Enter American Stage and Patrick Jackson's class on African-American Theatre Legacy. A class I had thought would provide an interesting perspective on American theater has taken on a sense of urgency with the murder of George Floyd and the demonstrations that occurred in its aftermath. After all, art does provide a lens into the culture in which it is produced.
One of the highlights has been the class featuring playwright Jireh Breon Holder, author of "Too Heavy for Your Pocket." Quite coincidentally, I recently saw an excellent reading/performance of the play on Play-Per-View. (I know, I know, I just said these performances weren't doing it for me. Still, there are some gems.) But reading the play and having the chance to hear from Holder provided an opportunity to really think about the issues raised and deepened the experience.
|Playwright Jireh Breon Holder|
Holder shared that the story grew from two personal experiences. The first was a conversation he had with his grandmother about the Civil Rights marches. Why, he asked, had she not marched? The answer was simple -- because her job was to raise her family. The second was Holder's own conflicted feelings about not leaving school in 2014 to join the Black Lives Matter movement. Participation, he realized, is a sacrifice in and of itself. Who can afford to take real time off from their lives to protest -- leaving their jobs and families behind -- and who is willing to do that? In Bowzie, Holder found a character who was compelled to answer the call.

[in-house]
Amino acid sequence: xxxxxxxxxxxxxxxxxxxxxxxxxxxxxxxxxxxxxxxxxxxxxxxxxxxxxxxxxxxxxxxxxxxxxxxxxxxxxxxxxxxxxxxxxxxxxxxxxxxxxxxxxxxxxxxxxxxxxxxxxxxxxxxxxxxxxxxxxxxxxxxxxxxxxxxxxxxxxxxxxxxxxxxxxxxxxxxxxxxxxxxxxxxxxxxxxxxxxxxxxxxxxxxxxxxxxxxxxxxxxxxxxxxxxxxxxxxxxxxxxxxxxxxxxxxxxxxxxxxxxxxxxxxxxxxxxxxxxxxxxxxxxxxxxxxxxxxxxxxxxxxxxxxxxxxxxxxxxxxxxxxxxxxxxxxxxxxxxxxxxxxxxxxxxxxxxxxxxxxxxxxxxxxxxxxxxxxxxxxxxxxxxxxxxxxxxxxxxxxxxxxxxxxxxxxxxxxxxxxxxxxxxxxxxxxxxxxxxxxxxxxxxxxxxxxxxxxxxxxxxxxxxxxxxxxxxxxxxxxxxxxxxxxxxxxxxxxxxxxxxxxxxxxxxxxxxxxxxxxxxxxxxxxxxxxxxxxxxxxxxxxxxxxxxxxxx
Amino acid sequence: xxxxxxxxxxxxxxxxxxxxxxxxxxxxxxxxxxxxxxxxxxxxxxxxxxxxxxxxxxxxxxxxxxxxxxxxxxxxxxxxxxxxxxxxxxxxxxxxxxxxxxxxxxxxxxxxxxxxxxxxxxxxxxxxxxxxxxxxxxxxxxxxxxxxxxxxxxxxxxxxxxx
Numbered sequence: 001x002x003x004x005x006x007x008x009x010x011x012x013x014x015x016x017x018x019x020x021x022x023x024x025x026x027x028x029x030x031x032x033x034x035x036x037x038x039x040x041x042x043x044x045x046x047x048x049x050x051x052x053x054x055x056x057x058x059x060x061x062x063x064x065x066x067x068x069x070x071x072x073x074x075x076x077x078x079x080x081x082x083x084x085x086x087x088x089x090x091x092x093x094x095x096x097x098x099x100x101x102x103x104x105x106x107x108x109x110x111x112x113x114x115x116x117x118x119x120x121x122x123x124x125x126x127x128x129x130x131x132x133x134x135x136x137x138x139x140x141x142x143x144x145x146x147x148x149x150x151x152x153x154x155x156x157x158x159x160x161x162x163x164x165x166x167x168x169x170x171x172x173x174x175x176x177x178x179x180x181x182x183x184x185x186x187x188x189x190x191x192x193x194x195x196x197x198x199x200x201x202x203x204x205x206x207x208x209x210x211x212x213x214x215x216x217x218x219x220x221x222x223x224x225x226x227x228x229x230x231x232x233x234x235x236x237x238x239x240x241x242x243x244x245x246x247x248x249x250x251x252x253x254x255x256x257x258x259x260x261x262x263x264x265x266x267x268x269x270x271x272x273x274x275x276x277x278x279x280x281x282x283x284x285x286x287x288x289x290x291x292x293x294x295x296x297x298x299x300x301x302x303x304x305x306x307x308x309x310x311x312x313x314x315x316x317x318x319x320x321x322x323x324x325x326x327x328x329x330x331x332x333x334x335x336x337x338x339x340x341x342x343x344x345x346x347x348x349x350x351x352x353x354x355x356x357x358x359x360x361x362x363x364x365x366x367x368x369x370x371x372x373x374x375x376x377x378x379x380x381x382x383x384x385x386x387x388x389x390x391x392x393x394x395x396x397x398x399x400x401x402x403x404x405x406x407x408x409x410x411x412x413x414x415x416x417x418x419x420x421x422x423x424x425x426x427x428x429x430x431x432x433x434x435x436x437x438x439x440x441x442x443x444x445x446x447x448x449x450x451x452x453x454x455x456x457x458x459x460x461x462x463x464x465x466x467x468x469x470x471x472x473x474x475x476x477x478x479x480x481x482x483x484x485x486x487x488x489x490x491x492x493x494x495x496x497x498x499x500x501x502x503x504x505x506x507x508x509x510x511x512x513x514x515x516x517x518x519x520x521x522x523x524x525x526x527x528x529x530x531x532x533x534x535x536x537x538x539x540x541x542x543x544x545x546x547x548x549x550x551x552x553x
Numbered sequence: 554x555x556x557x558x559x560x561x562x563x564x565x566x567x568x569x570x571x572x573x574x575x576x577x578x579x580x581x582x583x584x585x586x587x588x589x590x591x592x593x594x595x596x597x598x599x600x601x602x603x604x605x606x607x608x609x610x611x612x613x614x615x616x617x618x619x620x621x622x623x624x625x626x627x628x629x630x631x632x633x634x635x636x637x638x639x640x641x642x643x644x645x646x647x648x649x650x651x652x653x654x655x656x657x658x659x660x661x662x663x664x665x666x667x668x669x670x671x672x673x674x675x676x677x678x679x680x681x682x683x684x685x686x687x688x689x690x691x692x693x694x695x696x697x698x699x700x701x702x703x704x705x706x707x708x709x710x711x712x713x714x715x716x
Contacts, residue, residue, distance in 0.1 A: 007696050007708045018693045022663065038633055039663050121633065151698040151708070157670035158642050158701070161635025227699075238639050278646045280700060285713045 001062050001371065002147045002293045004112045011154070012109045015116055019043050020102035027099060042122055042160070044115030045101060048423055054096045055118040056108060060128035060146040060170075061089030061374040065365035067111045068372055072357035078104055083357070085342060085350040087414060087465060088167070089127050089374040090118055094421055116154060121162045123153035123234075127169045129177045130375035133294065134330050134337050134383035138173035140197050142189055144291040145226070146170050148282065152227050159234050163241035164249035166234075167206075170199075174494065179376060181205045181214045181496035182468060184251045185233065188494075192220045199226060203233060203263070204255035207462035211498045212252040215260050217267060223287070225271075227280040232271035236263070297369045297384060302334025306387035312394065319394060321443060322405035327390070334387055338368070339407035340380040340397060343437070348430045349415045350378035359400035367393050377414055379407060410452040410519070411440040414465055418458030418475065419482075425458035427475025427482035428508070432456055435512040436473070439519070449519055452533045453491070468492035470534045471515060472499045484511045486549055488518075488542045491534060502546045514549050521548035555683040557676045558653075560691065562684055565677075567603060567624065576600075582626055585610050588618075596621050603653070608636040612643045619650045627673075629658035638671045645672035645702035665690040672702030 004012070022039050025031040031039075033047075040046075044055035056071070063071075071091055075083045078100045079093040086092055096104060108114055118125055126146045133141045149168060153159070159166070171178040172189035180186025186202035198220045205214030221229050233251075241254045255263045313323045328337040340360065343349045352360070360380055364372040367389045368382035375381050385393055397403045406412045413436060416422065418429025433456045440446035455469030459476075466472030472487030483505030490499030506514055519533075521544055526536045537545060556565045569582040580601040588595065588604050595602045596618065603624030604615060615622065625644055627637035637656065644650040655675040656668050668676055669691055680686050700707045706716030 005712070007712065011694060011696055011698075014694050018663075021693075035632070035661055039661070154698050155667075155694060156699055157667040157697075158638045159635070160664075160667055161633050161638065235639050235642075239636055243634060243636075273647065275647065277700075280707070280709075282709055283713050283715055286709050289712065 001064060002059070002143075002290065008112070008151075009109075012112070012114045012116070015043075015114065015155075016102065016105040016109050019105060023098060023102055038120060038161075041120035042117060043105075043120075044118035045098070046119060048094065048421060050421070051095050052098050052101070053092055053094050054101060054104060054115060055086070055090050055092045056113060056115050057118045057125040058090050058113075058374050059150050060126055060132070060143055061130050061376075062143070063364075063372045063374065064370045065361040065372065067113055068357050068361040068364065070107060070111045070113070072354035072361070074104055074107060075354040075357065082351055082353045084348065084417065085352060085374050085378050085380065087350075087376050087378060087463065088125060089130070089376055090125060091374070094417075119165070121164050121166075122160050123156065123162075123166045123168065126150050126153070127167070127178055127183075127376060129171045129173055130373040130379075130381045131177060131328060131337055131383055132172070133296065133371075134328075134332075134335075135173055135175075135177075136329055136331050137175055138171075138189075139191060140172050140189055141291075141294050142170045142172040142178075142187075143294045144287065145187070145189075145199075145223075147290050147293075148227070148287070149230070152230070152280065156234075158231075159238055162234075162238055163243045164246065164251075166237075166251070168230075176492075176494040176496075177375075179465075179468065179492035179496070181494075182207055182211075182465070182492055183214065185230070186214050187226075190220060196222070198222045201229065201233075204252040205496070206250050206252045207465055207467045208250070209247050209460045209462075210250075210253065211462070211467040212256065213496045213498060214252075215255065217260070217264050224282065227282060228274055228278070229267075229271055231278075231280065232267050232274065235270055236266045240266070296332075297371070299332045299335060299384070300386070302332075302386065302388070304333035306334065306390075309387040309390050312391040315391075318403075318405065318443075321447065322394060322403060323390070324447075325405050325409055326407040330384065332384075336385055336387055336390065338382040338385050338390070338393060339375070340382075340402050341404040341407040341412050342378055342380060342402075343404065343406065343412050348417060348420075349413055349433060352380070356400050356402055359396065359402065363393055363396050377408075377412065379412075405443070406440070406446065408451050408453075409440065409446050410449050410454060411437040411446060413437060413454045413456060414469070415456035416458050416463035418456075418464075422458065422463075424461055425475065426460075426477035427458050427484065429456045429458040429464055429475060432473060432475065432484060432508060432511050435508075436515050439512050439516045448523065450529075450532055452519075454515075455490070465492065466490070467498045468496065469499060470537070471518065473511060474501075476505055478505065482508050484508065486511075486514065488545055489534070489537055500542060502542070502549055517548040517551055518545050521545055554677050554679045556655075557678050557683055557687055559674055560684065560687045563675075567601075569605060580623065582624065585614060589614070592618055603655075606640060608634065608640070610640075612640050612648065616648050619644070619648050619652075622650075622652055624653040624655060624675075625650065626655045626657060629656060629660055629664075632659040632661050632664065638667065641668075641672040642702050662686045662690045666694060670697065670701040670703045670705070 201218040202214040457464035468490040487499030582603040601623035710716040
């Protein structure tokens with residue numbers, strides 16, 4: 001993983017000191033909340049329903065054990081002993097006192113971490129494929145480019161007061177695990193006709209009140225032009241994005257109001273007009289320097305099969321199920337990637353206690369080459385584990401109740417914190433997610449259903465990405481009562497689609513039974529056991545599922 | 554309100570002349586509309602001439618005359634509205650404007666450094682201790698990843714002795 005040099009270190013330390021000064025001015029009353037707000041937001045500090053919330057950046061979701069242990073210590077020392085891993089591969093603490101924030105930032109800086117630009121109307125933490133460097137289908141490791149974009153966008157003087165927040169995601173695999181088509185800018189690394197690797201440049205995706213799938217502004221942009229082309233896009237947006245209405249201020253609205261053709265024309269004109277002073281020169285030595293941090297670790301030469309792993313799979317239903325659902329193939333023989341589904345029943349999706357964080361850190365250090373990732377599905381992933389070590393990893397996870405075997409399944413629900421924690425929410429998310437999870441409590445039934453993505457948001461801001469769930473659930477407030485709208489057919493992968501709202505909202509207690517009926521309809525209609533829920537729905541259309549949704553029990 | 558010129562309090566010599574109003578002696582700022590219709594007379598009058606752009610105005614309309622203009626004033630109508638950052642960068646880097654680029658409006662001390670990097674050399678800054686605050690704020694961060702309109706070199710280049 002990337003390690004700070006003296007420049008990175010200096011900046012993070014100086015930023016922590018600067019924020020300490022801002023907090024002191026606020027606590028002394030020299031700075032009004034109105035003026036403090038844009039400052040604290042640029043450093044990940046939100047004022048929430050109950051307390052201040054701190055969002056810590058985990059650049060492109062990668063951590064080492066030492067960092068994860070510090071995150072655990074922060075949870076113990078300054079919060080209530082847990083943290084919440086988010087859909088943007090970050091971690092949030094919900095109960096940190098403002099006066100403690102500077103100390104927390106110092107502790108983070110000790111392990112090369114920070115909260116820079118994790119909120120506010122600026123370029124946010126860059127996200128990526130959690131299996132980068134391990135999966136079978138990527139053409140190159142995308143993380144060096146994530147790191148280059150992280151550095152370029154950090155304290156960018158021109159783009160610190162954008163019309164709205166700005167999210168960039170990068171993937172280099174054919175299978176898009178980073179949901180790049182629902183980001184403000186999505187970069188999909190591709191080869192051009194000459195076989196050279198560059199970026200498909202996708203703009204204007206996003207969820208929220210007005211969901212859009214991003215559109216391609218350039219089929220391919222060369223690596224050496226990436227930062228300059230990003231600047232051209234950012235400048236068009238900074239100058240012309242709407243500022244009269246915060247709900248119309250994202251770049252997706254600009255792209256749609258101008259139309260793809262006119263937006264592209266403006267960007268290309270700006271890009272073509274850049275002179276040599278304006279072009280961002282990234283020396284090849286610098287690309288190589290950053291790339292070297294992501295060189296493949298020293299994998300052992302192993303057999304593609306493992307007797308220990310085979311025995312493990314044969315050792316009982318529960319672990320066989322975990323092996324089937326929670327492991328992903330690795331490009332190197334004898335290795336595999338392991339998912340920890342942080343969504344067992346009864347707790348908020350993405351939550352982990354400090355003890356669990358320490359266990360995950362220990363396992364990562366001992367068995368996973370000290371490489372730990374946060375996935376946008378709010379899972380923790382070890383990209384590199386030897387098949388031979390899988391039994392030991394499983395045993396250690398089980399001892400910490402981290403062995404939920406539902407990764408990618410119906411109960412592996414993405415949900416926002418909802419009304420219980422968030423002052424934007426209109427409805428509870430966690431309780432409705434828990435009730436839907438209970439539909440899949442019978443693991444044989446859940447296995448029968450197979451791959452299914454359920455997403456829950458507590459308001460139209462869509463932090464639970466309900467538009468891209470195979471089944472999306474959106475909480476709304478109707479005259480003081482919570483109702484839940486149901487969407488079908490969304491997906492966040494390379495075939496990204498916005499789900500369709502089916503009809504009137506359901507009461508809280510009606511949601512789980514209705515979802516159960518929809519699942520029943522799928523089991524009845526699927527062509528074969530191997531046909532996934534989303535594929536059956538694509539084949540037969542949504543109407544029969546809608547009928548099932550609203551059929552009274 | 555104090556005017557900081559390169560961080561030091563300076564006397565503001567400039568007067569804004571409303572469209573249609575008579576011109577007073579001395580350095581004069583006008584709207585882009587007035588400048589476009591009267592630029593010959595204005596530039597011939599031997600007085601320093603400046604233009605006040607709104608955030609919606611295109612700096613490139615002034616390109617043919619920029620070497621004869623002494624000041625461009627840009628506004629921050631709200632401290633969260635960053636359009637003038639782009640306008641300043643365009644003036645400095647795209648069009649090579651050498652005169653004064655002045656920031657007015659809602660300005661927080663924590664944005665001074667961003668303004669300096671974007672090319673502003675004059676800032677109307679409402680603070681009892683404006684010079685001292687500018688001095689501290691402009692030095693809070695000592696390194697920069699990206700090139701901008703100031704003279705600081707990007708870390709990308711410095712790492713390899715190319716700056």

Still, the idea wasn't one that Bowzie came on by himself. At Fisk, he meets a wide array of Black students from across the country, including some with wealthy backgrounds. They persuade him to leave college and join the protests. As we learn, it's an entirely different situation for young people of means to go on a Freedom Ride and get arrested than for Bowzie. With parents who can easily make bail, the well-off students could protest and then return to their lives. Not so for Bowzie, who finds himself in jail -- and then Parchman Penitentiary -- for months praying Evelyn, Tony and Sally can somehow raise the money to get him out. Participation comes with different price tags.
|Lunch Counter Sit-In|
"Too Heavy for Your Pocket" is filled with moments that provide a window into the Black experience. Still, it's easy to miss things when watching a performance that come into sharp relief when you have a script in hand. For instance, in the reading, Sally's complaint about having to leave a store to find a "box" to tinkle in passed me by as a colloquialism. I clearly wasn't listening closely enough. As it turns out, Sally was talking about an actual cardboard box set up as a place where Blacks could use the bathroom. Public restrooms were, of course, restricted to use by white customers.
Here's what Sally says about her experience, "I passed all those clothes. I passed the restroom, I passed the diner counters. I walked out of the store. I walked all the way down Church Street to the alley. To that box.... I wish there was a Freedom Ride for those boxes. They hopping on air conditioned buses complaining about where they get to sit when my daughter might have to watch her mama squat like a dog over a box 'cause ain't no Colored restrooms on Church Street. Like a dog. Without an ounce of dignity. That's what it was..." It's a shocking and sad piece of segregation history I'd never heard before. Holder himself only learned about this practice recently. And yet what facilities did I think were available to these citizens? And that's just it -- I didn't think.
Thanks to American Stage and Jackson for introducing me to "Too Heavy for Your Pocket." And to Holder for taking the time to talk with us. May we all pay a bit more attention to the world around us.